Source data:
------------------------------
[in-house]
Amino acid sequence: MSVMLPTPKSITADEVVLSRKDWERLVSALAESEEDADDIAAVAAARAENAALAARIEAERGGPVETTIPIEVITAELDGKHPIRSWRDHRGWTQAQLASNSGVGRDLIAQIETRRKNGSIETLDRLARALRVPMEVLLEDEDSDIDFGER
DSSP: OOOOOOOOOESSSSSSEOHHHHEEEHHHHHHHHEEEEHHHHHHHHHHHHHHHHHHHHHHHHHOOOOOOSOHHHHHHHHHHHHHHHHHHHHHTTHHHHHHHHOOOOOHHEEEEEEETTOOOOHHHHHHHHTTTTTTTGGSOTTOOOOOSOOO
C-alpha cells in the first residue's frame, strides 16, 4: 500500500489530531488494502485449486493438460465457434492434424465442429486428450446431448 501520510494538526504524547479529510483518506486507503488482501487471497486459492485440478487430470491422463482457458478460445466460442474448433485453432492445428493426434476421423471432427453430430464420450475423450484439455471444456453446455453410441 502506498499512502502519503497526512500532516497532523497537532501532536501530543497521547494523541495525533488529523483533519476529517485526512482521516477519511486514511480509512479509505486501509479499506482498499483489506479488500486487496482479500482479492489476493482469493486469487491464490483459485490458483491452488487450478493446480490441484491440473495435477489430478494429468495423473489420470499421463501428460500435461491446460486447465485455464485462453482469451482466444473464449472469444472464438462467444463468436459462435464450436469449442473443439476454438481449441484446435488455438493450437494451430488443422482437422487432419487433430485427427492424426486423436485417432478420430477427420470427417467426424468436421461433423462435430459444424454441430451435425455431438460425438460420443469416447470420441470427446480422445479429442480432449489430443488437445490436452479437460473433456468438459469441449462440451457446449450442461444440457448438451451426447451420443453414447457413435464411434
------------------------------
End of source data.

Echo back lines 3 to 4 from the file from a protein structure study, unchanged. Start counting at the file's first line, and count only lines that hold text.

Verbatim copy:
DSSP: OOOOOOOOOESSSSSSEOHHHHEEEHHHHHHHHEEEEHHHHHHHHHHHHHHHHHHHHHHHHHOOOOOOSOHHHHHHHHHHHHHHHHHHHHHTTHHHHHHHHOOOOOHHEEEEEEETTOOOOHHHHHHHHTTTTTTTGGSOTTOOOOOSOOO
C-alpha cells in the first residue's frame, strides 16, 4: 500500500489530531488494502485449486493438460465457434492434424465442429486428450446431448 501520510494538526504524547479529510483518506486507503488482501487471497486459492485440478487430470491422463482457458478460445466460442474448433485453432492445428493426434476421423471432427453430430464420450475423450484439455471444456453446455453410441 502506498499512502502519503497526512500532516497532523497537532501532536501530543497521547494523541495525533488529523483533519476529517485526512482521516477519511486514511480509512479509505486501509479499506482498499483489506479488500486487496482479500482479492489476493482469493486469487491464490483459485490458483491452488487450478493446480490441484491440473495435477489430478494429468495423473489420470499421463501428460500435461491446460486447465485455464485462453482469451482466444473464449472469444472464438462467444463468436459462435464450436469449442473443439476454438481449441484446435488455438493450437494451430488443422482437422487432419487433430485427427492424426486423436485417432478420430477427420470427417467426424468436421461433423462435430459444424454441430451435425455431438460425438460420443469416447470420441470427446480422445479429442480432449489430443488437445490436452479437460473433456468438459469441449462440451457446449450442461444440457448438451451426447451420443453414447457413435464411434